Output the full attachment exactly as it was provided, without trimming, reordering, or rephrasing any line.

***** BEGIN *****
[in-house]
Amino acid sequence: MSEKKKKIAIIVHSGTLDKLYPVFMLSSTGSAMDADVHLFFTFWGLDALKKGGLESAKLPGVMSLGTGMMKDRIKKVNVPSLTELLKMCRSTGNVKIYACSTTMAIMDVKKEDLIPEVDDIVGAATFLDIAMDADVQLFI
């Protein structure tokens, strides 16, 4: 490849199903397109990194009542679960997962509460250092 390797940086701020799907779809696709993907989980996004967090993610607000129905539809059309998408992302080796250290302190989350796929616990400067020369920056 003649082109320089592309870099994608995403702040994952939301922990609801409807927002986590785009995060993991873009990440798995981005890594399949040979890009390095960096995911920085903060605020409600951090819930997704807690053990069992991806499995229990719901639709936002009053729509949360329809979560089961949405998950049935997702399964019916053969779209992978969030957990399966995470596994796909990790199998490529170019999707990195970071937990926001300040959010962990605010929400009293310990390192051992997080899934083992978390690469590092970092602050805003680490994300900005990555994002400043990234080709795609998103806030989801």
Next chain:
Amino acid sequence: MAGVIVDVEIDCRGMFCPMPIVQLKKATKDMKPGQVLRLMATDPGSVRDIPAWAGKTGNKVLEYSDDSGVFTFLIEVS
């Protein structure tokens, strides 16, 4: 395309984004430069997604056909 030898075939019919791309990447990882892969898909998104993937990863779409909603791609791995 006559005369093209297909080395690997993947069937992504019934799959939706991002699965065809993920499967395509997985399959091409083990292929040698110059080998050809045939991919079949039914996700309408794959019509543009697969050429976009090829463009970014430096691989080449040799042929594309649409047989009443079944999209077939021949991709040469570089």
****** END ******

[in-house]
Amino acid sequence: MSEKKKKIAIIVHSGTLDKLYPVFMLSSTGSAMDADVHLFFTFWGLDALKKGGLESAKLPGVMSLGTGMMKDRIKKVNVPSLTELLKMCRSTGNVKIYACSTTMAIMDVKKEDLIPEVDDIVGAATFLDIAMDADVQLFI
């Protein structure tokens, strides 16, 4: 490849199903397109990194009542679960997962509460250092 390797940086701020799907779809696709993907989980996004967090993610607000129905539809059309998408992302080796250290302190989350796929616990400067020369920056 003649082109320089592309870099994608995403702040994952939301922990609801409807927002986590785009995060993991873009990440798995981005890594399949040979890009390095960096995911920085903060605020409600951090819930997704807690053990069992991806499995229990719901639709936002009053729509949360329809979560089961949405998950049935997702399964019916053969779209992978969030957990399966995470596994796909990790199998490529170019999707990195970071937990926001300040959010962990605010929400009293310990390192051992997080899934083992978390690469590092970092602050805003680490994300900005990555994002400043990234080709795609998103806030989801």
Next chain:
Amino acid sequence: MAGVIVDVEIDCRGMFCPMPIVQLKKATKDMKPGQVLRLMATDPGSVRDIPAWAGKTGNKVLEYSDDSGVFTFLIEVS
């Protein structure tokens, strides 16, 4: 395309984004430069997604056909 030898075939019919791309990447990882892969898909998104993937990863779409909603791609791995 006559005369093209297909080395690997993947069937992504019934799959939706991002699965065809993920499967395509997985399959091409083990292929040698110059080998050809045939991919079949039914996700309408794959019509543009697969050429976009090829463009970014430096691989080449040799042929594309649409047989009443079944999209077939021949991709040469570089």